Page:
The first reason is equality. HB1386/SB1877 equalizes who in Texas may request and obtain their own birth records at age 18, whether or not that person is adopted or not. If you need more than that single reason, here are twelve more.
- Widespread Impact. An estimated sixteen million Texans have a connection to adoption, with more than 900,000 adopted people born in Texas.
- Broad Legislative Support. HB1386 was overwhelmingly approved by the Texas House on a vote of 144-1.
- Broad Constituent Support. In a recent Texas voter survey of 804 voters, more than 75 percent of Texans “totally favor” restoring access to original birth certificates for Texas adopted people.
Leading state and national organizations also support HB1386 and SB1877, including the Gladney Adoption Center, the National Center on Adoption and Permanency, Texas Adoptee Rights Coalition, Support Texas Adoptee Rights, Concerned United Birthparents, and the Academy of Adoption and Assisted Reproduction Attorneys. There is no organized opposition.
- Unrelated to Open Adoptions. Open adoptions relate to the scope of contact existing between adoptive families and birthparents while the adoptee is a child. It has no application to adult adopted people and birthparents, who are free to associate and form relationships as they see fit, no matter the type of adoption.
- Simplifies Current Law. Current law provides a right for adult adoptees to request their own birth record if they can provide and match the names of birthparents on the birth record. The bill simplifies this process, eliminates guessing games at birth names, and provides a single birth record that does not involve using DNA, social media, and other methods that far more publicly disclose the names of biological parents and relatives.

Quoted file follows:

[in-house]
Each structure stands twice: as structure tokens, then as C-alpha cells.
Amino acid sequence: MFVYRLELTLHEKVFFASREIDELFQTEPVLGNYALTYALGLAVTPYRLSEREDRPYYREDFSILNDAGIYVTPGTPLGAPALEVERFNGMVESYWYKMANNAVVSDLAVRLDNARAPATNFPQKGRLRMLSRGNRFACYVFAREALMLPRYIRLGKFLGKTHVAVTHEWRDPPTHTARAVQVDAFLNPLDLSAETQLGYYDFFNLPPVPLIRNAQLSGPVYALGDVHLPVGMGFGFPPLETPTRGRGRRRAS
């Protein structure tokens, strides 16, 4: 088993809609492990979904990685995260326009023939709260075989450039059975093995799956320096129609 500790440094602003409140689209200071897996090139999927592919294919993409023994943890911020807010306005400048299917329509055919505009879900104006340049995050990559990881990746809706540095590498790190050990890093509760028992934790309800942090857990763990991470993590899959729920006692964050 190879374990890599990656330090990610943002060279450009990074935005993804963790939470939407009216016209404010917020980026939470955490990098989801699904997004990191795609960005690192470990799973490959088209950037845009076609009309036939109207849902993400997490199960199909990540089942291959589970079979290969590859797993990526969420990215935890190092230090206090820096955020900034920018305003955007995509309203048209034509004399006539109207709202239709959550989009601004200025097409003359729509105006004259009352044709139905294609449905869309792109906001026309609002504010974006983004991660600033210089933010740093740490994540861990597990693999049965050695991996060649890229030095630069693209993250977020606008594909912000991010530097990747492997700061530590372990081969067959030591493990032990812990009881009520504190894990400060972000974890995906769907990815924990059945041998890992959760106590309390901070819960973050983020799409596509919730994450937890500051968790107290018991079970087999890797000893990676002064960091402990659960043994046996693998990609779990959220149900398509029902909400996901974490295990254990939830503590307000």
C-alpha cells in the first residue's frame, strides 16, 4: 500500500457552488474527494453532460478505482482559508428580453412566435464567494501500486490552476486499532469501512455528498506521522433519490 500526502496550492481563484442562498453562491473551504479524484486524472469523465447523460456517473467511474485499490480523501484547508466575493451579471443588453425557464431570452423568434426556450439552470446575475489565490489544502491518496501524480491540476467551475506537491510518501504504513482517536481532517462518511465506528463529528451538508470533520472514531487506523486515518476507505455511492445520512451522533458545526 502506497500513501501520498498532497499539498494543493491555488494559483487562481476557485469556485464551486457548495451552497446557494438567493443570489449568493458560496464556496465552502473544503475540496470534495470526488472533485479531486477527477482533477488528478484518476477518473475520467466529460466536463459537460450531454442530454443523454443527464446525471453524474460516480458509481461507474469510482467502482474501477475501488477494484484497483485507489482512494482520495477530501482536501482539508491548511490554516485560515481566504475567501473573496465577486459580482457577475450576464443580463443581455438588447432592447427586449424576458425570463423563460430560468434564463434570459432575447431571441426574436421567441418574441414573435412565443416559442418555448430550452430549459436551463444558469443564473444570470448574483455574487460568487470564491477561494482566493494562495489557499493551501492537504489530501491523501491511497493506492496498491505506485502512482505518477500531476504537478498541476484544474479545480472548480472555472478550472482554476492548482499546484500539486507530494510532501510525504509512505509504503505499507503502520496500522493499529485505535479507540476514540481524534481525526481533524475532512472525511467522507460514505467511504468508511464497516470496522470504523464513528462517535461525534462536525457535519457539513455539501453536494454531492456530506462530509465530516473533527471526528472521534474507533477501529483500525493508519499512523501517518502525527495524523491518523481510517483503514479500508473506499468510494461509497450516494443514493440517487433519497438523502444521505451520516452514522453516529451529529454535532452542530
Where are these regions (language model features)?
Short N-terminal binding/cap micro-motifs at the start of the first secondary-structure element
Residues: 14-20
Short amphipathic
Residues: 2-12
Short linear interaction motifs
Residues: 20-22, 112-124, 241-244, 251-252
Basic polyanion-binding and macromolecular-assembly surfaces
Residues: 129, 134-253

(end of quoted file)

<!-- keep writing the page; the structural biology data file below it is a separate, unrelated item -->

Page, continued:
- Fiscally Neutral. Fees paid by adoptees to obtain their own records will keep the law fiscally neutral, if not revenue positive.
- Restores Heritage and Texas State Genealogical Rights and Connections. A birth record allows adult adopted people to join heritage and other genealogical associations, such as the Daughters of the Republic of Texas. Those opportunities are currently denied to adopted Texans, even those who are fifth or sixth-generation Texans.
- Has Been Implemented in a Broad and Diverse Range of Other States. States as diverse as Alabama, Alaska, New York, Oregon, New Hampshire, and Kansas all have laws providing a right for adult adopted people to request and obtain their own birth records. No issues have been reported from any of these states.
- People Are Not Secrets. Anonymity is a legal impossibility and has never been promised to birthparents who relinquish children for adoption. Adoptive parents have discretion to request a supplementary birth record, and the law has always been intended to “legitimate” the adopted person while preserving and protecting the adoptive family during the time the adoptee is a child.
- Confidentiality Is Assured During the Adoption Process. Current law secures a confidential process in the relinquishment and adoption of a child. That confidentiality remains unchanged by this bill. The release of the original birth record is a confidential release of a document to adults—and only to those authorized by law.
- Adoption Has Always Been About the Best Interest of the Adopted Person. Laws related to adoption require the interest of the child/adopted person as the paramount interest and concern. That does not change even when the adoptee becomes an adult.
- Efforts to Control Contact Between Biological Relatives Have Failed. Tennessee last month repealed a “contact veto,” which since 1999 attempted to regulate contact between biological relatives. The law was never used, was never needed, and cost the state unnecessary expense. Similarly, Texans should be free to do what they want with information about their own births.